1. Know yourself -- what type of nutritionist are you?

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Of course, as a nutritionist you have guidelines you can follow in terms of nutrient requirements by species and production stage to help you formulate diets in a cost-efficient way. But when it comes to functional additives and controlling dietary risks other factors come into play, when you are making decisions on what to include ...

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2. Take appropriate action for mycotoxin risk management

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Several meta-analysis studies have proven the negative impact of mycotoxins in feed on animal performance. In the USA, the economic cost due to some of the most common mycotoxins is estimated to be USD 900 million per year. Having a plan for mycotoxin risk management and putting appropriate tools into action can therefore make a difference ...

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3. Learn about the stress reactions mycotoxins cause in animals

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Many trials have proven the significant negative impact of mycotoxins on performance in pigs and poultry. Looking at the effects of mycotoxins at a cellular level, it is becoming obvious that many stress reactions seen to mycotoxins in animals are those commonly seen in response to other stressors.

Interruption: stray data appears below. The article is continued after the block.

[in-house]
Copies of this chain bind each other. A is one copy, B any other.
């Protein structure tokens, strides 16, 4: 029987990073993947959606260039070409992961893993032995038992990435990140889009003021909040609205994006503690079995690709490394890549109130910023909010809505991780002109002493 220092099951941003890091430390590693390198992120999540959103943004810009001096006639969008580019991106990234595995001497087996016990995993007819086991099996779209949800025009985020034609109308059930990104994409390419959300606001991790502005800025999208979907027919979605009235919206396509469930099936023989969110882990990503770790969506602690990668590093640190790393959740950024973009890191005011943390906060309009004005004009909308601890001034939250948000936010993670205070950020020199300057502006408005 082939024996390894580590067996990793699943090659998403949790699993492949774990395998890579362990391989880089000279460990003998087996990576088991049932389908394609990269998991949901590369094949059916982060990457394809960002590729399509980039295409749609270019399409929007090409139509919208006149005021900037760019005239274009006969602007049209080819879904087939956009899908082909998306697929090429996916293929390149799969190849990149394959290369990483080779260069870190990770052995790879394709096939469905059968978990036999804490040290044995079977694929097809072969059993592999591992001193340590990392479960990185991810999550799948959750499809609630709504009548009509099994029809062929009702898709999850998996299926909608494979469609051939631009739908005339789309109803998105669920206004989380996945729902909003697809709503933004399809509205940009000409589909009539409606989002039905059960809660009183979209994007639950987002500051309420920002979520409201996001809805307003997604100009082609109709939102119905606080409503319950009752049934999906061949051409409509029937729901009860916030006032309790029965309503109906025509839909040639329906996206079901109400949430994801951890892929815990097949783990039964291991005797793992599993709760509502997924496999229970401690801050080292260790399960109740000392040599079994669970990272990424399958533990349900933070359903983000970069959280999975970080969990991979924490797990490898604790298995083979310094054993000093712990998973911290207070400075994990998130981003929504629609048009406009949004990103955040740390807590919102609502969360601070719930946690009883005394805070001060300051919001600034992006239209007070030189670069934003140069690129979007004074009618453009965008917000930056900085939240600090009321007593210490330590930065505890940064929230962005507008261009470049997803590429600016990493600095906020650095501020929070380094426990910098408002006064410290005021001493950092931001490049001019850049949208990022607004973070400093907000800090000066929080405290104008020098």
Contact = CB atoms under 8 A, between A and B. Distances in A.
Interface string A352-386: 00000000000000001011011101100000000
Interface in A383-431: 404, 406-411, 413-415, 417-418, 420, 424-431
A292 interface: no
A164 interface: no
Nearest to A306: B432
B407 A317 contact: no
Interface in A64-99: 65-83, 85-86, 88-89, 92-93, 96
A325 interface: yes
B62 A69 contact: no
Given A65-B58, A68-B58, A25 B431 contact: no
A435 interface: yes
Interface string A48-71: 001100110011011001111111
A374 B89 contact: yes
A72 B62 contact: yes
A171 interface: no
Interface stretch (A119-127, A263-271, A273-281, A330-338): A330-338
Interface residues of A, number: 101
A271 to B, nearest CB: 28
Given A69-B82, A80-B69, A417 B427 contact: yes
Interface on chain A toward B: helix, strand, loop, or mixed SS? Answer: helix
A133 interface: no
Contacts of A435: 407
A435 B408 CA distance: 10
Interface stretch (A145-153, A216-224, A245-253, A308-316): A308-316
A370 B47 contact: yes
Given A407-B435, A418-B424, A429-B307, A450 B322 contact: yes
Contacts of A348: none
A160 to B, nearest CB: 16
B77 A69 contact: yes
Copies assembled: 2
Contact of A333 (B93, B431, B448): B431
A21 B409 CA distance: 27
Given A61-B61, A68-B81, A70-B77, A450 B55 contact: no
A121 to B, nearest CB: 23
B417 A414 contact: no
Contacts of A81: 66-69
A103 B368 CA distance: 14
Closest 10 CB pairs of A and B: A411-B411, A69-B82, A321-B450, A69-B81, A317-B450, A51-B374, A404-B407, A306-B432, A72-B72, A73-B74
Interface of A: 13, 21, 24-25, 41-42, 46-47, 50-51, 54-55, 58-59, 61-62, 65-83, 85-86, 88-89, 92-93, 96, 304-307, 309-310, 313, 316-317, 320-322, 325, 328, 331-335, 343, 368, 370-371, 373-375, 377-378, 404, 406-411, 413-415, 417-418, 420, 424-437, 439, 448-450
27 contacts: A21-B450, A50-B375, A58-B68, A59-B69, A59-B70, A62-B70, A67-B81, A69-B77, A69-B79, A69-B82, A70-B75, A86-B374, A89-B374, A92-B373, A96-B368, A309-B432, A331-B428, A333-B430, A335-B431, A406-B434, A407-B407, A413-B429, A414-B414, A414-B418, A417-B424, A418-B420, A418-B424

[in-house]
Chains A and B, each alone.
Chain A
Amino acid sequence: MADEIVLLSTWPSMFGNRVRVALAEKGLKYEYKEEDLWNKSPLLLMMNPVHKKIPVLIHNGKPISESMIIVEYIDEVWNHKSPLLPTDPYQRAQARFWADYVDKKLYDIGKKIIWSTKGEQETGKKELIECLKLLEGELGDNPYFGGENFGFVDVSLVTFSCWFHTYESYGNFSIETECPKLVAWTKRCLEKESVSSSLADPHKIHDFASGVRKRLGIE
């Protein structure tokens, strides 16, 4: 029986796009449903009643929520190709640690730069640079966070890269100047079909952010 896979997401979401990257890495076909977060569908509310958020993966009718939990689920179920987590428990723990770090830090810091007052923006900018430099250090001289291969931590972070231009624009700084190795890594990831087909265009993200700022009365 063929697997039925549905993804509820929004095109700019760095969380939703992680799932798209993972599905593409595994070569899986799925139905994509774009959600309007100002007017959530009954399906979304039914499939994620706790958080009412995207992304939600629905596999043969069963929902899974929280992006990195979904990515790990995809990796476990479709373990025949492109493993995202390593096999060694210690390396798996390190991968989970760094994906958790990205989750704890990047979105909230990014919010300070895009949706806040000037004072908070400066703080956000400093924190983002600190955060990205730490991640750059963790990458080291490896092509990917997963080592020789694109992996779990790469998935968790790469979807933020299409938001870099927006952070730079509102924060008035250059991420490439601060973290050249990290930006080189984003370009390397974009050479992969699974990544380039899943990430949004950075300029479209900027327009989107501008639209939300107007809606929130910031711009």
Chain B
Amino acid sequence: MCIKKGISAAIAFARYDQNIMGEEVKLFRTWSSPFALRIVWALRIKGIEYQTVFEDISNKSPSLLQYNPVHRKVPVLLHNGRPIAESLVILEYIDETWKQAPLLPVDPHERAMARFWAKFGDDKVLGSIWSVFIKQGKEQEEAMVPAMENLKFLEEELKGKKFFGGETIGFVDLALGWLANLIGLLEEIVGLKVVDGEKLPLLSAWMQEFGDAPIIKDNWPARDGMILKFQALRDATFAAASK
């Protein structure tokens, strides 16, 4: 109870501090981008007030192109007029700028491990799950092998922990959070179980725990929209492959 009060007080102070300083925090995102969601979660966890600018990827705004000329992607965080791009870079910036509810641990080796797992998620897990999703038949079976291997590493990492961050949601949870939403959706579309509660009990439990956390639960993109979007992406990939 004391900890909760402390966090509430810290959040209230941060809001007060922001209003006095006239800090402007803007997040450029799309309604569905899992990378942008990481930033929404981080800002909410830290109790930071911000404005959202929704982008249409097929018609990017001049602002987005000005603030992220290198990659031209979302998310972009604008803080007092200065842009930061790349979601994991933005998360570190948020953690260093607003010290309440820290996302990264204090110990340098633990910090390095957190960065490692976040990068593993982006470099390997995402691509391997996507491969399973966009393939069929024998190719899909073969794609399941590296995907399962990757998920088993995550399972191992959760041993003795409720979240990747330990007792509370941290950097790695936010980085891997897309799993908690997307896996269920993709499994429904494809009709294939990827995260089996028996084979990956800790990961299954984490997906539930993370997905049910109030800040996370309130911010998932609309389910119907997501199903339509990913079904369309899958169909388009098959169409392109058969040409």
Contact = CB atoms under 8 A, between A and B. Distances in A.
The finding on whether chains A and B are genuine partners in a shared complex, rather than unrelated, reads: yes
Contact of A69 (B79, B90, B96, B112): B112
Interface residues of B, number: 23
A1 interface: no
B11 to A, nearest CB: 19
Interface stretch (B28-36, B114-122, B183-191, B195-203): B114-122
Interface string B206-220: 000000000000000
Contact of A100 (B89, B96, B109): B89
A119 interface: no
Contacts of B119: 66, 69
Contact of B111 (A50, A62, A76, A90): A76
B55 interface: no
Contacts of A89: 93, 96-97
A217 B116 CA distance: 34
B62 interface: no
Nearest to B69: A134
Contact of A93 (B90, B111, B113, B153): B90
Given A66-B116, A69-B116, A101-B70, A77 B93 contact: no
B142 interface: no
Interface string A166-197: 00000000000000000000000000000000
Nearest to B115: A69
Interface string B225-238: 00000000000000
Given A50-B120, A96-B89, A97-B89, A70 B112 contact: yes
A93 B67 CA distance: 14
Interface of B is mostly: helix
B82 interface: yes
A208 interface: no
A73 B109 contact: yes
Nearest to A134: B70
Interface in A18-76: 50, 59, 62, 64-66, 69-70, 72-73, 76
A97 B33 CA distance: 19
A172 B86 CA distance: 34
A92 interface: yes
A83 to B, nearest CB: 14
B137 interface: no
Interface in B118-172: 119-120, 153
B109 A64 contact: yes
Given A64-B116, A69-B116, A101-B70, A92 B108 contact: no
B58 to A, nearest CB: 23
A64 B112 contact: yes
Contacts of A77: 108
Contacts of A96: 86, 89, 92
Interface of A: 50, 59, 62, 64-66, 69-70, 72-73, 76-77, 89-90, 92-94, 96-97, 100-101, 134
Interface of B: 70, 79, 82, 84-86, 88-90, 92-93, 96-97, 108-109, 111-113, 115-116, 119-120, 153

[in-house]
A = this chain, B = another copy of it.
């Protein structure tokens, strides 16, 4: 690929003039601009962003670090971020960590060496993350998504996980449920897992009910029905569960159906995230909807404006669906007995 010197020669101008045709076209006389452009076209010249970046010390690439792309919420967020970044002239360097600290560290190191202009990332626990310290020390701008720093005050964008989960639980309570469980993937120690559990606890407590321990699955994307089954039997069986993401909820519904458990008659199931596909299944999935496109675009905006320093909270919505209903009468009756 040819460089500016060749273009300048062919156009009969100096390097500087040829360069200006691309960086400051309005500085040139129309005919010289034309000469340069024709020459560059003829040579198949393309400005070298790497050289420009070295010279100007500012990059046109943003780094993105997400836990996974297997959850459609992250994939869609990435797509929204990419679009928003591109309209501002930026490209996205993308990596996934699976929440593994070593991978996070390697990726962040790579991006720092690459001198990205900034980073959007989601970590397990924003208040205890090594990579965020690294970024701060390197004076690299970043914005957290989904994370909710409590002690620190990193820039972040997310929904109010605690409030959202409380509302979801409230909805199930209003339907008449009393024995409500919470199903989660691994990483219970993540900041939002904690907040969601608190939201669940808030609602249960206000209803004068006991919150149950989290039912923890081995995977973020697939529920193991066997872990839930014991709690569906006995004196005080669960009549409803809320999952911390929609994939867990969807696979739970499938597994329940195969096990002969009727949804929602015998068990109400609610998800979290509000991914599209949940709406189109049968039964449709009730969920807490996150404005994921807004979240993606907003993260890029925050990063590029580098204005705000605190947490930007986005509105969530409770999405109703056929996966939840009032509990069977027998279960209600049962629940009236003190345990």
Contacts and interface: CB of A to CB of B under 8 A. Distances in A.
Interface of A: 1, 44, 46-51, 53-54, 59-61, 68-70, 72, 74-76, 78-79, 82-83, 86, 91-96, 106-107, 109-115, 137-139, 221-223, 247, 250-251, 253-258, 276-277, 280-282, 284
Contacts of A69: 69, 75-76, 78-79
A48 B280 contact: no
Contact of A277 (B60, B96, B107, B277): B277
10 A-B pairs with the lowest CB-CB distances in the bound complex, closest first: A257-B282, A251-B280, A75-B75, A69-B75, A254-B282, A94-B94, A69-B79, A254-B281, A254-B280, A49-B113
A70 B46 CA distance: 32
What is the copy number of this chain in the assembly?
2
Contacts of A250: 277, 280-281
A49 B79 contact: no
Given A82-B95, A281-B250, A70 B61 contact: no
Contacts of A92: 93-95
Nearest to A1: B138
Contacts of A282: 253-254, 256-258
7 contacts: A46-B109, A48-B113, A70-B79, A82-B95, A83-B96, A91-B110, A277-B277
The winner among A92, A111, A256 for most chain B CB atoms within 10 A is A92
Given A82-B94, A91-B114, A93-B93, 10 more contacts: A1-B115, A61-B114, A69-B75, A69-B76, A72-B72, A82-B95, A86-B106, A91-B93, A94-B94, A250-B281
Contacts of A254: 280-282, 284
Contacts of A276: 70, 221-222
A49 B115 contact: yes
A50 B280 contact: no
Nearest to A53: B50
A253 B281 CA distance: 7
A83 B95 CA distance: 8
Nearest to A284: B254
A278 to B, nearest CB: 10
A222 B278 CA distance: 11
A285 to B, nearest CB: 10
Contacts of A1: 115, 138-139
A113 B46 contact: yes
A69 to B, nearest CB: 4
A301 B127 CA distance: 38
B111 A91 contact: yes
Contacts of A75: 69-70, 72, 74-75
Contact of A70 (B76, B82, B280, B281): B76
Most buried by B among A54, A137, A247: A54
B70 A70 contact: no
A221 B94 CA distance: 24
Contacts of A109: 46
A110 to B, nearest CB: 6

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4.Test your knowledge on mycotoxins

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Mycotoxins are toxic secondary metabolites formed naturally by moulds on crops and forages in the field and during storage after harvest. In food and feed they pose a potential threat to human and animal health. Fusarium, Penicillum and Aspergillus moulds are the main sources producing a variety of different types of mycotoxins.

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5. Understand how the most common mycotoxin in feed (DON) affects appetite

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A well known response to the mycotoxin deoxynivalenol (DON) is a reduction in feed intake. This is particularly the case in pigs. According to a meta-analysis (Andretta et al 2012) DON reduces feed intake by 26% in pigs.

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